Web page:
Sunday, 8 December 2019

Lord Edgware Dies by Agatha Christie

Lord Edgware Dies, published in America under the inferior title 13 At Dinner, is the ninth Hercule Poirot adventure, published in 1933.

And it is great Agatha Christie. The setting and characters are extremely vivid but – above all – the solution to the mystery is simply brilliant.

... Although perhaps the ultimate surprise in an Agatha Christie would be if the killer really turned out to be a passing tramp, a theory propounded and discarded in just about every one of her books.
But not this one. Lord Edgware Dies is set in the milieu of the London aristocracy and the theatre crowd, including a couple of alluring actresses who are among Christie's more memorable creations.

The gorgeous but shallow Jane Wilkinson, aka Lady Edgware, says things like, "I'll find a rag to put on" and "All those hats are too frightful. Ring up the other hat place, Ellis. I've got to be fit to be seen."

So, an intriguing and well evoked setting, inhabited by memorable characters moving through a really top notch mystery... 

This is a ripping good Poirot, really engrossing and with an immediately interesting set up.

I should perhaps also mention that the book has hardly started when it sets a new record for the number of racial slurs on one page, all emanating from a "strangely likable" young man.

This is Ronald Marsh, who will become the new Lord Edgware after the one in the book's title gets bumped off.

Marsh has his own idea about who killed his uncle. And he proposes a solution that would be another genuine surprise reveal in an Agatha Christie — that Poirot did it.

"The perfect crime," says Ronnie, "by Hercule Poirot, ex-sleuth hound."

Lord Edgware Dies is swift, economical and prime Poirot. His sidekick Hastings is back and rather amusingly fed up with his friend's cliches: "I'm afraid that I have got into the habit of averting my attention whenever Poirot mentions his little grey cells."
Hastings has reason to be fed up, considering that his friend is saying things like, "Where the master goes, there the dog follows." 

A remark which Hastings says "I could not think was the best of taste."

On the other hand, the great detective acknowledges the importance of Hastings as a sort of experimental control. 

"I see reflected in your mind exactly what the criminal wishes me to believe,"  Poirot tells him.

Hastings for his part talks about Poirot with ideas "lingering in his fantastic brain." 

And as that fantastic brain works out the solution to this remarkable whodunnit, once again,"His eyes were green like a cat's." 

They needed to be very green and very like a cat's. 

Because this novel is right up there with Murder on the Orient Express, The ABC Murders,The Murder of Roger Ackroyd (a lot of murders there...) and Taken at the Flood for the sheer genius of its final revelation.

(Image credits: The main image of the classic Tom Adams cover painting is from my own battered copy. Otherwise, thank you, GoodReads, for your fine selection of cover art including the early Finnish version which is really stretching a point by featuring the Eiffel Tower — all the Paris action in this book takes place strictly offstage and in the past.)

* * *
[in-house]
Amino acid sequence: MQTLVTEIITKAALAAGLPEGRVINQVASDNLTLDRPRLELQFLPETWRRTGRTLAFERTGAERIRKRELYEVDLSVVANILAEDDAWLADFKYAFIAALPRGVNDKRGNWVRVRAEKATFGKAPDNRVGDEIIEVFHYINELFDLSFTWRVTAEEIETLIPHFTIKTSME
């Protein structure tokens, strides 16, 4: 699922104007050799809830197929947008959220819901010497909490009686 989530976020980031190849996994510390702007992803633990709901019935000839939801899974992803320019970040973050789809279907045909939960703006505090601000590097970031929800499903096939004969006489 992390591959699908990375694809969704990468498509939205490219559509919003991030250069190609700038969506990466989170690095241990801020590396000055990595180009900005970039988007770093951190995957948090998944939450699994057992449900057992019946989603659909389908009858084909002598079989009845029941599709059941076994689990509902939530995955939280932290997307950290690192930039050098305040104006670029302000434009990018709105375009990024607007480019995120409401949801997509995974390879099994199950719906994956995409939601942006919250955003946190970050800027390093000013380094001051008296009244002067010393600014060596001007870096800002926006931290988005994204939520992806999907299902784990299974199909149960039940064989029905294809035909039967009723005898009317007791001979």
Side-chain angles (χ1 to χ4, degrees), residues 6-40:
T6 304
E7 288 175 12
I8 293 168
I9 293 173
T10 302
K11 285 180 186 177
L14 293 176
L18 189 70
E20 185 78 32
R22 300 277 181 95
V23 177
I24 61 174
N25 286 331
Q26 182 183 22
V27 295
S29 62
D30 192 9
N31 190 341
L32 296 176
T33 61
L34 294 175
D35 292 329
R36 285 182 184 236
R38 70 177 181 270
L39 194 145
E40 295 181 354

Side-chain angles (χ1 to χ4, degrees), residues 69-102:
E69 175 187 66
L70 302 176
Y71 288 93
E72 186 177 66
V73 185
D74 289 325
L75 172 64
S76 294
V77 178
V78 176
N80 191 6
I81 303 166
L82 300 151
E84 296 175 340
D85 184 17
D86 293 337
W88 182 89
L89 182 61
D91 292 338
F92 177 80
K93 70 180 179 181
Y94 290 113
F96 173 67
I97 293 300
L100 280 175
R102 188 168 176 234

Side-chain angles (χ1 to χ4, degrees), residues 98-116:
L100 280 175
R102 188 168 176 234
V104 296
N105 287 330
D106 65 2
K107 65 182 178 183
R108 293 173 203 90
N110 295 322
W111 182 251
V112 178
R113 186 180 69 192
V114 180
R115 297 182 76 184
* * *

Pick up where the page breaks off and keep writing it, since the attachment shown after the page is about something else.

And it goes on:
Sunday, 1 December 2019

The Addams Family by Lieberman, Addams et al

 I've virtually stopped going to animated movies but I was lured back into the cinema for this one because of my love the for black and white 1960s TV series, and indeed the original (non-animated) cartoons by Charles Addams which inspired this whole shebang.

One of the great things about the TV series was that it was the only show on American television depicting a marriage that was both happy and passionate — Gomez just couldn't get enough of Morticia. ("Tish, that French! Cara mia!")

It also had a fabulous theme song and a great soundtrack by the wondrous Vic Mizzy.  ("They're creepy and they're kooky, altogether spooky...")

Well the new animated version has completely lost the passion between Gomez (Oscar Isaac) and Morticia (Charlize Theron). But at least it keeps the theme song.

The movie has a lot of good gags, such as the one featuring Thing, a disembodied male hand, who is caught watching pornography on his computer — naked, disembodied female feet.

And it has a fine cast, especially Chloë Grace Moret, whose understated deadpan, malevolent performance as spoonfaced, spooky Wednesday is just a scream.
What the movie doesn't have is a decent script. 

It begins with an origin story, the Addams clan fleeing persecution by a mob of torch wielding old villagers in Europe to take up residence in America. 

(There's a nice gag later on where a mob of modern American villagers come after them bearing cell phones with images of burning torches on them.)

Thereafter the movie settles down to focus exclusively on a story concerning each of the children. 

This is basically a fatal mistake. For a start it completely sidelines Morticia and Gomez, the mum and dad. 
I guess the thinking, if you can call it that, is that this is an animated movie aimed at children, so it should be about children.

Which is nonsense, of course. After all, the Toy Story films are about the toys, not the kids who own them

Anyway, the boy Pugley is given an incredibly dull rite of passage / coming of age plot. Enough said about that.